Indeed, when Prophet Muhammad (pbuh) made the knowledge available to every human through the Qur'aan, he meant for every one to read and understand it. It was common for the Prophet SAW to ask the Sahaba to think a bit before he told them the actual meaning of anything. He sometimes used to initiate a conversation by asking a question "Do you know what xyz means?" It was simply a means of encouraging the Sahaba to think.

Thanks to the variations in translations, it shows us the limitations of human understanding, and challenges us to strive to grasp the whole truth. What was hitherto cut and dry is no more. May be it is Allah's hint to us to get closer to understanding the truth. The monopolies would be gone and focus would be on the essence rather than literal meaning. Presently the 14 translations are available at and Insha Allah it will be at soon.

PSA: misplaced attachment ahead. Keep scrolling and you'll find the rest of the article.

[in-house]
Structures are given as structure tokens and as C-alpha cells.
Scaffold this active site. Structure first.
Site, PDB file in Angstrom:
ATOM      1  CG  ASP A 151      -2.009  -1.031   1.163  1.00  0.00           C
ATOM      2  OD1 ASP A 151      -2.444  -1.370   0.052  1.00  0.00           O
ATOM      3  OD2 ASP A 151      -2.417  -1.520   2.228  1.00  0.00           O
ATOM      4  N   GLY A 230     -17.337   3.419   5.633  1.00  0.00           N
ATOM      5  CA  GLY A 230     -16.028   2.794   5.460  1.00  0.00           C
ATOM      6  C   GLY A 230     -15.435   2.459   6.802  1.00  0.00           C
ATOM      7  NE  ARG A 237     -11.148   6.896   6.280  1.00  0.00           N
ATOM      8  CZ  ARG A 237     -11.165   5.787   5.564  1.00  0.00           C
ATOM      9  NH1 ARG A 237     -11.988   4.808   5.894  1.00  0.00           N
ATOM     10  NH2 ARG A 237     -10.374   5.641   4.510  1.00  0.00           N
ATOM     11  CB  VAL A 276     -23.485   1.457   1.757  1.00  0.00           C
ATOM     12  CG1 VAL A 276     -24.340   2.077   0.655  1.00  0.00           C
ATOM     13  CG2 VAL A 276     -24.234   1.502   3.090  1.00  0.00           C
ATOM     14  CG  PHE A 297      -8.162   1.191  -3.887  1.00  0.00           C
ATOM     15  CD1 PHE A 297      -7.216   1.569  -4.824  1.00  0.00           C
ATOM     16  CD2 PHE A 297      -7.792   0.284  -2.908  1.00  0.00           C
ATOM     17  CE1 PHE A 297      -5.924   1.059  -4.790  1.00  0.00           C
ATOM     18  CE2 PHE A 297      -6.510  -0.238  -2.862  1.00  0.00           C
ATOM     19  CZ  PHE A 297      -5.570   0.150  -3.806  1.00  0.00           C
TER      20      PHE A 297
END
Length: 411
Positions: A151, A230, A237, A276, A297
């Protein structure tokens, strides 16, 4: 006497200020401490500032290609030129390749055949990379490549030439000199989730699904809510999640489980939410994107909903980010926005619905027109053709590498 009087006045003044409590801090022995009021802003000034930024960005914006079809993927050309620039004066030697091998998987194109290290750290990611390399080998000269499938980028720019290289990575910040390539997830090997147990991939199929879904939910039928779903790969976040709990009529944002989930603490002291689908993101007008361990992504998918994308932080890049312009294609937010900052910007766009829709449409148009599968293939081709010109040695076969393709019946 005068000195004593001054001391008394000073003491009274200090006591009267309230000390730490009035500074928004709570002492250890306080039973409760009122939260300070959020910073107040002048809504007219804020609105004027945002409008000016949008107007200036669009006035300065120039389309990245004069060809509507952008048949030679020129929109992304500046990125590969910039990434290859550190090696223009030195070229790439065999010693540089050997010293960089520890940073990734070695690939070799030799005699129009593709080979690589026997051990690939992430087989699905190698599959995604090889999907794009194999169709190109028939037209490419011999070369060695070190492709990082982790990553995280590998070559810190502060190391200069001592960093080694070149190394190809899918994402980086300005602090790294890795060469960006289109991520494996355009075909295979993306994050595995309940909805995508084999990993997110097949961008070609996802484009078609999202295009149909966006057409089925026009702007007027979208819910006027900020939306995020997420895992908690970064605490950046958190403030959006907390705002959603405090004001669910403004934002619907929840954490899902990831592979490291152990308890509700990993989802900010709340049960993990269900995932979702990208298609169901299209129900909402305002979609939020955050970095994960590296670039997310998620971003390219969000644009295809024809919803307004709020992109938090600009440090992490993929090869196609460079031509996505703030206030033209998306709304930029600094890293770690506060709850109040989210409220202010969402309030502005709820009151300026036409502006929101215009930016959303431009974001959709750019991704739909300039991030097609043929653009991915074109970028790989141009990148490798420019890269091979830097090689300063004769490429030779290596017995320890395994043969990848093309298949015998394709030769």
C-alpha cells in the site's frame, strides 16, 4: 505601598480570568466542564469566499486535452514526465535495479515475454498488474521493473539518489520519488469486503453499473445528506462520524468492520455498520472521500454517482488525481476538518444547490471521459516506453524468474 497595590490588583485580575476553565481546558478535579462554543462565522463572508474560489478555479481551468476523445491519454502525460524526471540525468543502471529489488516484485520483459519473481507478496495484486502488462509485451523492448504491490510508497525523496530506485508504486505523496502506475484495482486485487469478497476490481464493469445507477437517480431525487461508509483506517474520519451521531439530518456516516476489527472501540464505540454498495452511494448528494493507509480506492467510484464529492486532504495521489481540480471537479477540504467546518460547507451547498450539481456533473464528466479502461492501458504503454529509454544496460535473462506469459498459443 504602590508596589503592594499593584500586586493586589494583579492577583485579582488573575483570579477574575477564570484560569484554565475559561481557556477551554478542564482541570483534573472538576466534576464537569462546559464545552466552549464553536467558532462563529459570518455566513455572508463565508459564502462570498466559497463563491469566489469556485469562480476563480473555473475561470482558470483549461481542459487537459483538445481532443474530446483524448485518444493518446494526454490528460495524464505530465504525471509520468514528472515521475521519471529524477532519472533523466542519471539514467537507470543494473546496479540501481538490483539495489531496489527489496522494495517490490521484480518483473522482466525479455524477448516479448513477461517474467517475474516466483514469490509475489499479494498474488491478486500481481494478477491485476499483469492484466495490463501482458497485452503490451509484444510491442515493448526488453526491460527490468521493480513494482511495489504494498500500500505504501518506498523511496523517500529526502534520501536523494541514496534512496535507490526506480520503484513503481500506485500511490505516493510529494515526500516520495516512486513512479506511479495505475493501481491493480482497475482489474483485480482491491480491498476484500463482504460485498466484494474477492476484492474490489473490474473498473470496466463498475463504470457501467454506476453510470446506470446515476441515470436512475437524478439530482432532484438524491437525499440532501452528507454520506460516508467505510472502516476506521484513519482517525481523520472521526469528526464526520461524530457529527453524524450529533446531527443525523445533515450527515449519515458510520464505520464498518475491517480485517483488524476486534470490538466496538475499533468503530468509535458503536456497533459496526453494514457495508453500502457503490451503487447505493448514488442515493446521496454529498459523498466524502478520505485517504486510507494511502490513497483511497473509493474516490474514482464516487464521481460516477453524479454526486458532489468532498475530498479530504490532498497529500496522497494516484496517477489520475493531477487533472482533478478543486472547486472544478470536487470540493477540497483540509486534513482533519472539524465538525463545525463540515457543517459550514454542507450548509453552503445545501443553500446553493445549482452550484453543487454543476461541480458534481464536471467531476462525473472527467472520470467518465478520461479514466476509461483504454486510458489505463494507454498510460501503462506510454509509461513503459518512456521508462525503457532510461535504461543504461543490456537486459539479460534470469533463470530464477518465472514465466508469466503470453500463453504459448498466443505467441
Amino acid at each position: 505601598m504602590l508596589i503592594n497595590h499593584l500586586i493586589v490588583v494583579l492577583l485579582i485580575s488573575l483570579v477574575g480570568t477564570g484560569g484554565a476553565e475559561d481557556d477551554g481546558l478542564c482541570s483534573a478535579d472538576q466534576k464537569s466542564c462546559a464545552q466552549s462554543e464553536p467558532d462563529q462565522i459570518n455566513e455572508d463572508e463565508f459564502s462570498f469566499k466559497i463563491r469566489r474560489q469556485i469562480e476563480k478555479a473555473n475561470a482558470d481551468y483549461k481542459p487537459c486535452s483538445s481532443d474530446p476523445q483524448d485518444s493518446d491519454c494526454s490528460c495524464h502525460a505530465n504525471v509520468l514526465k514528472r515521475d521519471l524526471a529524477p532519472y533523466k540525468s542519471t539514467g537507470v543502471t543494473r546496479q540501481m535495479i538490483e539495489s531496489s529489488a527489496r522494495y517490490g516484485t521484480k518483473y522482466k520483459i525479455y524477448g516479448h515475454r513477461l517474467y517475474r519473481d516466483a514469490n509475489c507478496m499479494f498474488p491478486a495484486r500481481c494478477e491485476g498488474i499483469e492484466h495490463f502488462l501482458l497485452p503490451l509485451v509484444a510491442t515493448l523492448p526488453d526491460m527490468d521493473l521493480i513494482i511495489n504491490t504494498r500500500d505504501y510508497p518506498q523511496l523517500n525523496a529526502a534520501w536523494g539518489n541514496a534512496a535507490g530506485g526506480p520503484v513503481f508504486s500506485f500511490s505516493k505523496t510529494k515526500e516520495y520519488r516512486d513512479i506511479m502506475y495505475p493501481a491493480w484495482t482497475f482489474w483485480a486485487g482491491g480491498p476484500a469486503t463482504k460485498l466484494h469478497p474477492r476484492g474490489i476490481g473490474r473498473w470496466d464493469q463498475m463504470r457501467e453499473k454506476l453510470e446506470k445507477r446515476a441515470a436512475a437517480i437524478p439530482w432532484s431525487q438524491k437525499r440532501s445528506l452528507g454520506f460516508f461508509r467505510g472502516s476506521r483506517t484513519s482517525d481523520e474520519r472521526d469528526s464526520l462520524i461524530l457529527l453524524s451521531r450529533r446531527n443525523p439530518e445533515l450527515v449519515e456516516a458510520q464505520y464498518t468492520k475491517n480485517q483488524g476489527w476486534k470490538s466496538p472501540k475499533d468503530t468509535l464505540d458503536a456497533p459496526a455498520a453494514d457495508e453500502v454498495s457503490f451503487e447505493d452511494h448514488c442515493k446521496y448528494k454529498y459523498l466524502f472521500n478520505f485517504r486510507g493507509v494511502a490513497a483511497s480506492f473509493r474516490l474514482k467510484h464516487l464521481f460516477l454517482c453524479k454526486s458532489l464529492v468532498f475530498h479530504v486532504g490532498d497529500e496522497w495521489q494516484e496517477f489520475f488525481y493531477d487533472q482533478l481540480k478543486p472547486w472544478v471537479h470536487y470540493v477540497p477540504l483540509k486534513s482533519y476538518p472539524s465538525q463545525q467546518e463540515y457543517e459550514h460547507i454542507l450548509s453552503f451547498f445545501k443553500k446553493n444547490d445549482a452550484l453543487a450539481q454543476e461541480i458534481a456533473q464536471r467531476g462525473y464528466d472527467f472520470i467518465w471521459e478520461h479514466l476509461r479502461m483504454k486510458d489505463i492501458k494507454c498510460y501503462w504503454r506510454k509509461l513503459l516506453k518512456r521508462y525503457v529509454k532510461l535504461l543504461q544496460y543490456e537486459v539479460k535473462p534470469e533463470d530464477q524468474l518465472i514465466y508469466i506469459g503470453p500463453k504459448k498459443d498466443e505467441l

Dr. Laleh Bakhtiar offers another meaning to the translation of the Arabic word "Idrib," traditionally translated as "beat," which has been mis-understood and abused over the centuries by men who would be abusive any way, whether they are Muslim or not. "Why choose to interpret the word as 'to beat' when it can also mean 'to go away' - either one from the other, may be it meant separation as a process of re-evaluation.

Insha Allah, I am working on presenting a paper on the myth of "wife beating" to our scholars and Imams to review, and if it is consistent with the essence of Qur'aan and if they concur, it will be a relief to the Muslim women around the world consistent with God being a just God.